The executive order effectively ends USA efforts to comply with the goals of a 2015 Paris climate agreement signed by almost every nation.
So it was little surprise when the federal government reported this week that USA coal use fell 9 percent in 2016, even as Americans consumed more energy overall.
The report quoted Arch spokeswoman Logan Bonacorsi, who praised the administration for reconsidering former President Obama's climate change regulations for power plants and focusing instead on "driving progress on advanced, low-emissions fossil fuel technologies that will provide far greater benefits over time".
Last year, the Energy Information Administration published a report that clearly showed the natural gas industry displacing coal: Over the past 60 years, the annual share of coal has slowly dropped from almost 60 percent of the total U.S. electricity generation to 33 percent, while natural gas has climbed up from about 10 percent to 32 percent (Forbes, "Don't Blame Renewable Energy for Dying U.S. Coal Industry", 03.18.2016).
Meanwhile, big investors aligned with the global push to fight climate change - such as the Norwegian Sovereign Wealth Fund - have been pressuring US utilities in which they own stakes to cut coal use. "And if I'm not going to build new ones, eventually there won't be any".
President Donald Trump had been very vocal about his views on climate change.
Electricity generated using coal has always been America's largest single source of pollution causing climate change.
Ebell and other conservatives believe Trump should keep that promise by sending it to be voted down in the Senate. The State Department April 4 confirmed yet another missile test-fire by North Korea earlier in the day-just one day before the Trump-Xi summit-drawing a brusque response from Secretary of State Rex Tillerson. It was designed as a primary strategy in US efforts to fight global climate change.
So what does the USA coal industry want? Shipments of US metallurgical coal, used in the production of steel, have recently shown up in China following a two-year hiatus - in part to offset banned shipments from North Korea and temporary delays from cyclone-hit Australian producers. The U.S. used more natural gas and renewables past year than ever before, while oil use and even nuclear power were on the rise, too.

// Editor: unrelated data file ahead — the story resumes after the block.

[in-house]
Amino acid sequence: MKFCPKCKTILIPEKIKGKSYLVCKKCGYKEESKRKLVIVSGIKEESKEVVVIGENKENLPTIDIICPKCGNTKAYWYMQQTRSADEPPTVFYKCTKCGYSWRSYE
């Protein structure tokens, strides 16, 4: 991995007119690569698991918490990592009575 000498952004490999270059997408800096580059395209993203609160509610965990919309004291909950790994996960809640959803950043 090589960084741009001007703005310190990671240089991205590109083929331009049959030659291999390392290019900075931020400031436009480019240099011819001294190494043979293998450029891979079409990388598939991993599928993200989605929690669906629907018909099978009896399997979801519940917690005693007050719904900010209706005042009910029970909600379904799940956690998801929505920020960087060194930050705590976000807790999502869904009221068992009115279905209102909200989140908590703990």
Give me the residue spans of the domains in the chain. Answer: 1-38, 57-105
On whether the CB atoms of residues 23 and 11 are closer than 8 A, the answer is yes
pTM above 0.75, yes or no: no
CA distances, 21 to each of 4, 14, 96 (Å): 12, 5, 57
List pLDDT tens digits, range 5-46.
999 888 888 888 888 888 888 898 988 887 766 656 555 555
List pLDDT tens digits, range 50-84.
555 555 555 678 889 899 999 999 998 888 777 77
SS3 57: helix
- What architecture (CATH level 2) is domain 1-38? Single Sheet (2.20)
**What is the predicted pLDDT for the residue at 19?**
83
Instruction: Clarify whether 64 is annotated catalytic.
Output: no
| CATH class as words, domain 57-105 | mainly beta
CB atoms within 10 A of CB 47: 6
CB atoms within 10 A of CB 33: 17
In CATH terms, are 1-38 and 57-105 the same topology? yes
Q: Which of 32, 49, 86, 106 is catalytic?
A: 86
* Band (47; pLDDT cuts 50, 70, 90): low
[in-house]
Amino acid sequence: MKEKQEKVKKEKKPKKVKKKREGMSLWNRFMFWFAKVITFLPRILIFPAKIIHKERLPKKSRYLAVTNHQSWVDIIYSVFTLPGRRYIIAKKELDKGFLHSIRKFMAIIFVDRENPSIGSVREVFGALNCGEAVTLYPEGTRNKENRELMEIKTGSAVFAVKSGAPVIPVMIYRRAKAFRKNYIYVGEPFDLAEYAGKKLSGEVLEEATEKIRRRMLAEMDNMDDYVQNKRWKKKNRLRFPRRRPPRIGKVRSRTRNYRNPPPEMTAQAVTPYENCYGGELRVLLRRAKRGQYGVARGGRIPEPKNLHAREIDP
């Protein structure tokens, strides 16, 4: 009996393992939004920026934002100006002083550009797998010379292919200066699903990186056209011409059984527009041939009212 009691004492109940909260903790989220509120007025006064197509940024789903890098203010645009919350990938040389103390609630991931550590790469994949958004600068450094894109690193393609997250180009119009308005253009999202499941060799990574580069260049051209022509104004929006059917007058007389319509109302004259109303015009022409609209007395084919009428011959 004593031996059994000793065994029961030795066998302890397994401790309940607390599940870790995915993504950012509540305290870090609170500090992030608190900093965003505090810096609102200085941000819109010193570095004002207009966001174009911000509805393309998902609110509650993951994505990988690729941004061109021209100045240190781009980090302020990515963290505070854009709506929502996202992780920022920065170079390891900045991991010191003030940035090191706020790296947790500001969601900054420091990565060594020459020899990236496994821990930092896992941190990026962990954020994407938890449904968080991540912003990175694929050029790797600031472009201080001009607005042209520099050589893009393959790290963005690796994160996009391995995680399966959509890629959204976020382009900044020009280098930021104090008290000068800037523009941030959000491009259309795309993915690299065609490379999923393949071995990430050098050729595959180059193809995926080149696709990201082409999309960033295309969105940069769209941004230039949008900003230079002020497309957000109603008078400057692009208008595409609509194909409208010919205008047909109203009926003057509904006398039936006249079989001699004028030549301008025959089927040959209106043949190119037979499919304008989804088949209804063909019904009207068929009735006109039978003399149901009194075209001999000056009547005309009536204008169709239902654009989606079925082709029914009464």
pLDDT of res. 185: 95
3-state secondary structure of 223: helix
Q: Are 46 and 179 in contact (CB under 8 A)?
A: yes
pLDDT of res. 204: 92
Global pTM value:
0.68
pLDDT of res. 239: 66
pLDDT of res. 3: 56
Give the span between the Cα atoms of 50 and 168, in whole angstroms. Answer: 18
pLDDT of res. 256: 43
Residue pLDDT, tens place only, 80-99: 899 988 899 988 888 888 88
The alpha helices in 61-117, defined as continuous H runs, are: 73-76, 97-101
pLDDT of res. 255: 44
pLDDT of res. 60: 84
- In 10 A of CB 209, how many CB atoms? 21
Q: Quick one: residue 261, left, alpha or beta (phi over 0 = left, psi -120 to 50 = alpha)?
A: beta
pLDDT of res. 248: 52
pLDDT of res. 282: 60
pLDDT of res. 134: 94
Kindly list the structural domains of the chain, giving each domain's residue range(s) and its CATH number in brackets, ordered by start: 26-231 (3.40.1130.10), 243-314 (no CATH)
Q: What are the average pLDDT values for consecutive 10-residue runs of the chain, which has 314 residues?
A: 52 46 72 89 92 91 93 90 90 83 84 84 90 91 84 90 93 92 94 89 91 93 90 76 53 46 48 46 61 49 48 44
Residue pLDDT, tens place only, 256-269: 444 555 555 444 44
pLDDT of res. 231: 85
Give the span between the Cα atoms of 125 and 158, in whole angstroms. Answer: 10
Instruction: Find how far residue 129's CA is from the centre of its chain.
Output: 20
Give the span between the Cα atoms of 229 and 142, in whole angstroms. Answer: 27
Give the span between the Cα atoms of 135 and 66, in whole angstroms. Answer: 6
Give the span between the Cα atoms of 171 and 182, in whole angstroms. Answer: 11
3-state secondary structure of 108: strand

The plan would have closed hundreds of power plants, and stopped the construction of new plants, replacing them with wind and solar farms. These coal companies see the administration steering the worldwide community toward policies that protect the fossil fuel sector.
Luke Popovich, a spokesman for the National Mining Association, acknowledged Trump's efforts would not return the coal industry to its "glory days", but offered some hope.
One of those is Xcel Energy, one of the Midwest's largest utilities, which says it has retired 25 percent of all the coal-fired power plants it operated in 2005. It was the first to set a peaking goal, in other words, that emissions would reach a peak and then turn around and start to be reduced.
Several utilities also cited falling costs for wind and solar power, which is now often as cheap as coal or natural gas, thanks in part to government subsidies for renewable energy.
Schneiderman's office said Trump's actions violate "both the federal Energy Policy and Conservation Act and Administrative Procedures Act" by preventing required energy efficiency standards for a range of consumer products such as ceiling fans by failing to publish them in the Federal Register.
Another eight companies, including Southern Co (SO.N) and NorthWestern Corp (NWE.N), are "under observation" by the fund.
Cloud Peak and Peabody officials confirmed the discussions.